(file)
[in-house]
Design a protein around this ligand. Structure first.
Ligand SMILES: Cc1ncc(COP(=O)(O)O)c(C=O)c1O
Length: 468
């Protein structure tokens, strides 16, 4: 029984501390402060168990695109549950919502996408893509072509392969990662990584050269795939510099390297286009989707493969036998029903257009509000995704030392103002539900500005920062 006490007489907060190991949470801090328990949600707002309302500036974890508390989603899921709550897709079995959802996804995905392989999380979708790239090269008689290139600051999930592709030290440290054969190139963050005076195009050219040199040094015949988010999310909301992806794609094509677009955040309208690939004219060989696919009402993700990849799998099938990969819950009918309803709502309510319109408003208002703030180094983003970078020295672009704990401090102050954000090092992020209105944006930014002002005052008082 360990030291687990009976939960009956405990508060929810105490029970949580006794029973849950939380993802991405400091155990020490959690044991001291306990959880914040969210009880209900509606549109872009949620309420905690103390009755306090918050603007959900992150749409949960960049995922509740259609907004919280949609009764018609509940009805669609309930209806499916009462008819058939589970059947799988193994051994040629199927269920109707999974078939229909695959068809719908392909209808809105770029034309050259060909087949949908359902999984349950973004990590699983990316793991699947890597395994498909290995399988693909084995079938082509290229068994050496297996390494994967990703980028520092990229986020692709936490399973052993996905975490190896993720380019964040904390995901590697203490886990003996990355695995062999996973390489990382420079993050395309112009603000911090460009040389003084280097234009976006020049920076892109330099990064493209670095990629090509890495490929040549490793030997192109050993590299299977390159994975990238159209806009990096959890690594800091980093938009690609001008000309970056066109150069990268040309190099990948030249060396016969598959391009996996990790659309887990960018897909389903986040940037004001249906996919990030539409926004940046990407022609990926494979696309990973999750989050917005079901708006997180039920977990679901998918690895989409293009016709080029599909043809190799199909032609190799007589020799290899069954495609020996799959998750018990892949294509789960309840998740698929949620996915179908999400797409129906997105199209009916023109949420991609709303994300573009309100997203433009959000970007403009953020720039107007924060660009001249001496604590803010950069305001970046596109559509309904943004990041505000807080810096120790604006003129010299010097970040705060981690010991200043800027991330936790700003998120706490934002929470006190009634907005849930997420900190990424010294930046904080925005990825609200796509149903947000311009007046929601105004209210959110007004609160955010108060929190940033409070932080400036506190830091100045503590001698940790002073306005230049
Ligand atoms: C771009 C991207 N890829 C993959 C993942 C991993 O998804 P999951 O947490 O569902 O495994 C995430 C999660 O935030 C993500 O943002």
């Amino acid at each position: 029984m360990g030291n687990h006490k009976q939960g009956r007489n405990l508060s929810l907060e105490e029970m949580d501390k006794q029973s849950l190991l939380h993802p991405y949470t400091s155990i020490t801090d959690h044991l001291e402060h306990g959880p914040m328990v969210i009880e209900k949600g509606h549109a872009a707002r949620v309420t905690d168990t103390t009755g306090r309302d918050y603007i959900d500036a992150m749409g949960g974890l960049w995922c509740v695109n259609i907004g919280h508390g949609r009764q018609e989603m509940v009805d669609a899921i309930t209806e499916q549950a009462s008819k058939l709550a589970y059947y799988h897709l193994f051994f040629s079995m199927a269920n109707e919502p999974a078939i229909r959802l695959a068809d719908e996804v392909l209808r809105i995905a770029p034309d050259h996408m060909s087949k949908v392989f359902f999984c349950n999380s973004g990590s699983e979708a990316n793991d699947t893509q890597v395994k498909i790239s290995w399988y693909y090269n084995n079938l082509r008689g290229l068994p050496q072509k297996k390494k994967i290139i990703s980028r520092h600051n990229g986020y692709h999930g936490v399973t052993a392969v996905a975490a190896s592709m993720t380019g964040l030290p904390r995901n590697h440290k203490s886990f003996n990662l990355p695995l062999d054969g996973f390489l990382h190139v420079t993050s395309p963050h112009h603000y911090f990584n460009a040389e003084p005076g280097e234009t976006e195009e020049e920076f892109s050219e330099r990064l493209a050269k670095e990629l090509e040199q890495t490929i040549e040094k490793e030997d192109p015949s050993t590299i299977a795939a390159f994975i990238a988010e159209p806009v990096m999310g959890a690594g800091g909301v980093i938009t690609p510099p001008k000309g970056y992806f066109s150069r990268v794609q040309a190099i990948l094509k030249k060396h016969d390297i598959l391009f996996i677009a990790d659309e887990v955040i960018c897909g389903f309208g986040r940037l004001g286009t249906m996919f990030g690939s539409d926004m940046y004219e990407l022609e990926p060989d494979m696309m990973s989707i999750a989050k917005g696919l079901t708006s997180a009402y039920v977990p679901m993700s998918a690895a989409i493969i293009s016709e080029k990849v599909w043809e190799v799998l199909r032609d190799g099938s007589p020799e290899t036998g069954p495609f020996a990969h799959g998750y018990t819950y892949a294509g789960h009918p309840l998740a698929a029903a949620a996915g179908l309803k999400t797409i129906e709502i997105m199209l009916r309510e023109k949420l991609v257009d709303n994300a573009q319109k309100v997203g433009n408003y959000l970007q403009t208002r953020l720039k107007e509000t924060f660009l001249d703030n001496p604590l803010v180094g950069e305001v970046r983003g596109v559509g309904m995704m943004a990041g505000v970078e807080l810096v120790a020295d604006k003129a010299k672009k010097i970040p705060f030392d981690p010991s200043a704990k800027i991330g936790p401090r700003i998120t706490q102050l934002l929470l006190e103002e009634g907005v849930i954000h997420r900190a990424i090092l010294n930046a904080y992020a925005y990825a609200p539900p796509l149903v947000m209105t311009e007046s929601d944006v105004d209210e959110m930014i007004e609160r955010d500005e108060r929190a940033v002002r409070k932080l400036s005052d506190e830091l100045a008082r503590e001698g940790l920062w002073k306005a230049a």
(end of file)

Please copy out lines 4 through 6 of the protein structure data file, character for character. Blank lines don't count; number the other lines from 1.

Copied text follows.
Length: 468
């Protein structure tokens, strides 16, 4: 029984501390402060168990695109549950919502996408893509072509392969990662990584050269795939510099390297286009989707493969036998029903257009509000995704030392103002539900500005920062 006490007489907060190991949470801090328990949600707002309302500036974890508390989603899921709550897709079995959802996804995905392989999380979708790239090269008689290139600051999930592709030290440290054969190139963050005076195009050219040199040094015949988010999310909301992806794609094509677009955040309208690939004219060989696919009402993700990849799998099938990969819950009918309803709502309510319109408003208002703030180094983003970078020295672009704990401090102050954000090092992020209105944006930014002002005052008082 360990030291687990009976939960009956405990508060929810105490029970949580006794029973849950939380993802991405400091155990020490959690044991001291306990959880914040969210009880209900509606549109872009949620309420905690103390009755306090918050603007959900992150749409949960960049995922509740259609907004919280949609009764018609509940009805669609309930209806499916009462008819058939589970059947799988193994051994040629199927269920109707999974078939229909695959068809719908392909209808809105770029034309050259060909087949949908359902999984349950973004990590699983990316793991699947890597395994498909290995399988693909084995079938082509290229068994050496297996390494994967990703980028520092990229986020692709936490399973052993996905975490190896993720380019964040904390995901590697203490886990003996990355695995062999996973390489990382420079993050395309112009603000911090460009040389003084280097234009976006020049920076892109330099990064493209670095990629090509890495490929040549490793030997192109050993590299299977390159994975990238159209806009990096959890690594800091980093938009690609001008000309970056066109150069990268040309190099990948030249060396016969598959391009996996990790659309887990960018897909389903986040940037004001249906996919990030539409926004940046990407022609990926494979696309990973999750989050917005079901708006997180039920977990679901998918690895989409293009016709080029599909043809190799199909032609190799007589020799290899069954495609020996799959998750018990892949294509789960309840998740698929949620996915179908999400797409129906997105199209009916023109949420991609709303994300573009309100997203433009959000970007403009953020720039107007924060660009001249001496604590803010950069305001970046596109559509309904943004990041505000807080810096120790604006003129010299010097970040705060981690010991200043800027991330936790700003998120706490934002929470006190009634907005849930997420900190990424010294930046904080925005990825609200796509149903947000311009007046929601105004209210959110007004609160955010108060929190940033409070932080400036506190830091100045503590001698940790002073306005230049
Ligand atoms: C771009 C991207 N890829 C993959 C993942 C991993 O998804 P999951 O947490 O569902 O495994 C995430 C999660 O935030 C993500 O943002």